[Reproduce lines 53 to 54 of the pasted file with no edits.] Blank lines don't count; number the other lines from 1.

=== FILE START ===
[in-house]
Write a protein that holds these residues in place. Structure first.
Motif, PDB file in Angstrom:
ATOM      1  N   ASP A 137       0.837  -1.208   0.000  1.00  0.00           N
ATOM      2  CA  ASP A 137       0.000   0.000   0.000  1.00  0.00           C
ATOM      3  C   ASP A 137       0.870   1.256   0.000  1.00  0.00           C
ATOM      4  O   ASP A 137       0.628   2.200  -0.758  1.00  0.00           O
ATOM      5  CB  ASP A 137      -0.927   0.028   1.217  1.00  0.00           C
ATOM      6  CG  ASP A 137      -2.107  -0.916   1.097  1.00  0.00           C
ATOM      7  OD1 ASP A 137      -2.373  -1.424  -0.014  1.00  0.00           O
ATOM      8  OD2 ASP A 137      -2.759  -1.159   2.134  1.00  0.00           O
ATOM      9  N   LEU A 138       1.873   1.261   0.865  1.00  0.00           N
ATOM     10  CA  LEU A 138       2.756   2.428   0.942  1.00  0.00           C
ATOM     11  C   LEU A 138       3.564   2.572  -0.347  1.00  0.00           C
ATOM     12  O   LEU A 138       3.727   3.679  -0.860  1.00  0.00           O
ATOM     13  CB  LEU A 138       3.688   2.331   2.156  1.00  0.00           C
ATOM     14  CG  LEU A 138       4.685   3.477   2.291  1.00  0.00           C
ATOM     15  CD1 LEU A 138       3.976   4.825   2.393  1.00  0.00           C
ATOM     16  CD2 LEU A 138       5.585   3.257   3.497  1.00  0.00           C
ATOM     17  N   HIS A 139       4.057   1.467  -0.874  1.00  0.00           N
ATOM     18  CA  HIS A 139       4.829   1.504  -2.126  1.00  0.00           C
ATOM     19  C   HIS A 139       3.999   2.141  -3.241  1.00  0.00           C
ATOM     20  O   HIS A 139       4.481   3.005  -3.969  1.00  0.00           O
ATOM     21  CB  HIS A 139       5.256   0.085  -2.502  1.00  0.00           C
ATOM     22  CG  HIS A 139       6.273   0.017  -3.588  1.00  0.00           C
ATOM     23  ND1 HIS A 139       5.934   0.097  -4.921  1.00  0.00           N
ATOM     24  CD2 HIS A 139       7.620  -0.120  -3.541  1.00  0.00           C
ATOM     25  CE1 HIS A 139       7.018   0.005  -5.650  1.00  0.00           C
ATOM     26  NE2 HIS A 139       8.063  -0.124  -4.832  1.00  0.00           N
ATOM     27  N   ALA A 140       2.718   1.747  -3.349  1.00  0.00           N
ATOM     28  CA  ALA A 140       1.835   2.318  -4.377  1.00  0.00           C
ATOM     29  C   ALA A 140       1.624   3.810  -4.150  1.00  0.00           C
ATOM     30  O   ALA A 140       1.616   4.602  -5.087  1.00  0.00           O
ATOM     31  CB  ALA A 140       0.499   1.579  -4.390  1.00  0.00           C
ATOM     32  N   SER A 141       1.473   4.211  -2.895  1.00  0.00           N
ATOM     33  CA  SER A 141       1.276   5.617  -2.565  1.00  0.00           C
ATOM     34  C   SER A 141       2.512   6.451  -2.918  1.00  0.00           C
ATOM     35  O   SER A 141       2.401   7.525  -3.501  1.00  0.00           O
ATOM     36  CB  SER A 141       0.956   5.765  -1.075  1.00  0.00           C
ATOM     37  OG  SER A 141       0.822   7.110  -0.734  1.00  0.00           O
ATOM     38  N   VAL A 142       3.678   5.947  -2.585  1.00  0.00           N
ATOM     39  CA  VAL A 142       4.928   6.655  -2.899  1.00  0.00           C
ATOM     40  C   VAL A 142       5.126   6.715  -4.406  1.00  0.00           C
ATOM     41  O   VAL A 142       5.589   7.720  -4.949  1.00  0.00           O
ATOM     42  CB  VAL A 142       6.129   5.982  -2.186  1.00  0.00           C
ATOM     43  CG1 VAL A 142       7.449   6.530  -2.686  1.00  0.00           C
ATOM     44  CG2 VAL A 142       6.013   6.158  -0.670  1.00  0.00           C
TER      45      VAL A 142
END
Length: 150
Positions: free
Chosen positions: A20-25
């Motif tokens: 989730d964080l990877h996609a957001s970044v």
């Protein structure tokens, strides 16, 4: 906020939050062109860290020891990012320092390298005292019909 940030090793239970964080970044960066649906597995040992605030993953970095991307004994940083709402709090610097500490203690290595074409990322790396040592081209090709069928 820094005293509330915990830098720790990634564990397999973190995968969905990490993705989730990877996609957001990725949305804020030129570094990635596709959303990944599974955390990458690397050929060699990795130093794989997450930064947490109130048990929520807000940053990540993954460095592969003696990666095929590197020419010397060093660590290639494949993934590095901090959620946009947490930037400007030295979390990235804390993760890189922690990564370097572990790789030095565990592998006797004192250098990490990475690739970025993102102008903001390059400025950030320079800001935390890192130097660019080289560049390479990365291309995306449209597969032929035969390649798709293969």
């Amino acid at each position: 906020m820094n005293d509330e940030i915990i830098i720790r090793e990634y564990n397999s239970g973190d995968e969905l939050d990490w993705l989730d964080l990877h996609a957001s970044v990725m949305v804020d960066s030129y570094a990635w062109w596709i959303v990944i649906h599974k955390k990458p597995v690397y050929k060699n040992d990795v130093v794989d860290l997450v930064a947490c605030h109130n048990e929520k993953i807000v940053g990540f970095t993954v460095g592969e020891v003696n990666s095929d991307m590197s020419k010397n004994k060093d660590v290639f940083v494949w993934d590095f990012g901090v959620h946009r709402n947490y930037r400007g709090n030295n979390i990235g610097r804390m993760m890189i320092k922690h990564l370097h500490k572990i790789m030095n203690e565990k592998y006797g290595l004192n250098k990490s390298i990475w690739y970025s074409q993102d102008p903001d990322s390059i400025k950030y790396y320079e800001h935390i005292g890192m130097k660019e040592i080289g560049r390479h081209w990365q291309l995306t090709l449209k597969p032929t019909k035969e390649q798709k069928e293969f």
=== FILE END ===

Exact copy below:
């Motif tokens: 989730d964080l990877h996609a957001s970044v």
């Protein structure tokens, strides 16, 4: 906020939050062109860290020891990012320092390298005292019909 940030090793239970964080970044960066649906597995040992605030993953970095991307004994940083709402709090610097500490203690290595074409990322790396040592081209090709069928 820094005293509330915990830098720790990634564990397999973190995968969905990490993705989730990877996609957001990725949305804020030129570094990635596709959303990944599974955390990458690397050929060699990795130093794989997450930064947490109130048990929520807000940053990540993954460095592969003696990666095929590197020419010397060093660590290639494949993934590095901090959620946009947490930037400007030295979390990235804390993760890189922690990564370097572990790789030095565990592998006797004192250098990490990475690739970025993102102008903001390059400025950030320079800001935390890192130097660019080289560049390479990365291309995306449209597969032929035969390649798709293969």